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The Letter Behind the Radiator

In 2006 an old letter was found unopened, wedged behind a radiator in Onslow Court. Imagine the surprise and excitement of George Rudd who used to live in flat 18 when he unearthed it. Unopened it presented so many interesting ideas, who had sent it and what did it contain?

The letter is dated February 1942; it had fallen from sight and lay undiscovered and unopened for more than 63 years. It appears to have been sent by a Mrs Comfort from Bromley, she sent it to Gunner R. J. Comfort of 3rd Field Regiment, Canadian Army in Worthing. The letter implies that Mrs Comfort is his wife; is the referred to boyfriend a joke or a euphemism or code even?

We know that there were many Canadian soldiers billeted in Worthing during WW2, but no one is sure they ended up in Onslow Court. Research at Worthing Library was made to try and find out more. Unfortunately records were scant and for a very good reason, groups of soldiers in buildings were kept secret during the war, records were either heavily censored or not made at all for fear of them (and the soldiers) getting into enemy hands.

Below is a transcript of the letter. If only the Royal Mail was as efficient now as it was then!

21 Bourne Road, Bromley, Kent. 4th February 1942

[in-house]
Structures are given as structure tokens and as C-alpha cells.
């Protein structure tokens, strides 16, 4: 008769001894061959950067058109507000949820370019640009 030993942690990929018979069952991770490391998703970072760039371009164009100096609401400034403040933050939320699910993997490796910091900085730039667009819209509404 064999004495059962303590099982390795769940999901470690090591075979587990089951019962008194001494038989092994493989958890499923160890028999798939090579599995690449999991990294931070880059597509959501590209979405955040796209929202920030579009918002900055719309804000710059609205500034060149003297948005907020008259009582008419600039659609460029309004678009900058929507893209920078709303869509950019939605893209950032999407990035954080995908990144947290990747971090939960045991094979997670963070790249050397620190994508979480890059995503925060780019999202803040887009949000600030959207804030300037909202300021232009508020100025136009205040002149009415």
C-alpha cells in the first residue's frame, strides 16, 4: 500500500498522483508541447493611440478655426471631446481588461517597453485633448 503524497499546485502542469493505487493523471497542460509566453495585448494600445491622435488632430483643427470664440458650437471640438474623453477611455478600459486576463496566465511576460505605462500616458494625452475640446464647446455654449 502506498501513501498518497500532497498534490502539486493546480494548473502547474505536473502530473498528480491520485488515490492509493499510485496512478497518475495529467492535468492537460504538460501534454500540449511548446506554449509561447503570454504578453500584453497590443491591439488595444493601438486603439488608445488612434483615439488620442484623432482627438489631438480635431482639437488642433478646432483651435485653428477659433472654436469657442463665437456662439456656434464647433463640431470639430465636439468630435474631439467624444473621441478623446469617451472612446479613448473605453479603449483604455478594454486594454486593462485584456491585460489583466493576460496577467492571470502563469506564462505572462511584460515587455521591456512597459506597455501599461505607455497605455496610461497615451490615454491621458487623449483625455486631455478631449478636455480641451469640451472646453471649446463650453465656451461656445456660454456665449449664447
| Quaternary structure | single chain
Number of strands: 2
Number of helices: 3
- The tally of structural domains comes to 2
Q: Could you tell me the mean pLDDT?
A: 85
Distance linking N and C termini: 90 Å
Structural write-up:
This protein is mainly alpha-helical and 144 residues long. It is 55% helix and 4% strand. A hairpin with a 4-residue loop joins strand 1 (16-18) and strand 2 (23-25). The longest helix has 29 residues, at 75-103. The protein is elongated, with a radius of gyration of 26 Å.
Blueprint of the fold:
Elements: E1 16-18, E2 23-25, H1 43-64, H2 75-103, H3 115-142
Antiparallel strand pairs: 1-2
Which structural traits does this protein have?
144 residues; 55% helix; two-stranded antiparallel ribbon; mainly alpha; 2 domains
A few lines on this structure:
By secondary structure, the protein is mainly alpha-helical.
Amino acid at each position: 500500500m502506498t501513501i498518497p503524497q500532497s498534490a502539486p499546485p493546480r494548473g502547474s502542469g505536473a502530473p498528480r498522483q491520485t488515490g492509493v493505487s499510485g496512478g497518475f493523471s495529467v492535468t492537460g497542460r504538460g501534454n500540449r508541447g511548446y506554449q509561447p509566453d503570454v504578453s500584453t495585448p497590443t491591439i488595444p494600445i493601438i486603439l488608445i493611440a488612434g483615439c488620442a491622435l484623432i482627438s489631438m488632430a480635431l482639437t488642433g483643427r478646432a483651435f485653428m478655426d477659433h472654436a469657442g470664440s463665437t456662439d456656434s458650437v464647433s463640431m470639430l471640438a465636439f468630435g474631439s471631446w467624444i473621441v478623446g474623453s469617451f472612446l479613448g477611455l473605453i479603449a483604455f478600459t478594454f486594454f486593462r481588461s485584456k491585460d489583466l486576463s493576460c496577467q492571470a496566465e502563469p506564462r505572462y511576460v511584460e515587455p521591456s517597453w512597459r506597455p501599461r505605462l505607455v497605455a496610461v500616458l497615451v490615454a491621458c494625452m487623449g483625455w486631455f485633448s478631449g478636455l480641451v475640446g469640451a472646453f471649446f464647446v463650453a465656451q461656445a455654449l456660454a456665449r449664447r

“My Own Dearest Husband,
I got your letter first post this morning. I am sorry to hear you’ve broken your nose again darling. I hope it doesn’t hurt too much. Tony has got to go for his Medical tomorrow, for this Army Training school. Joan is writing to you.

“I hope you can get up at the weekend, even if it’s only for one night dear. Have you got all that washing done yet? My boyfriend came to see me for a little while this afternoon. Of course you are forgiven for accusing me of putting port in your beer. It would be a waste of good port, besides spoiling your beer.

“I am sorry if the room was dusty. I only swept and dusted it Saturday morning, by the time you finish dusting it, you have to start all over again.

“It is not quite as cold here today. What is it like down there. Your letters don’t take very long to get here. The one I had this morning left Worthing at 8 o’clock last night, and I got it at 7.30 this morning. You left your Palmolive After Shave Talc here and your darts.

“Mrs Staples said Brian keeps telling her that Uncle Frank’s a soldier. John’s in disgrace again after being good all this long time. Mrs Staples has to stay away from work for a week as she is run down. I dreamt you were chasing me with a knife last night.

“I’m sorry this is such a short letter darling, but there’s nothing else to tell you.

All my love and kisses,
Yours forever dearest – Pegtips”

Did Gunner R. J. Croft ever receive the letter?

The letter is now in the care of Worthing Museum. Transcription, scans and research by Jan Beeson Flat 9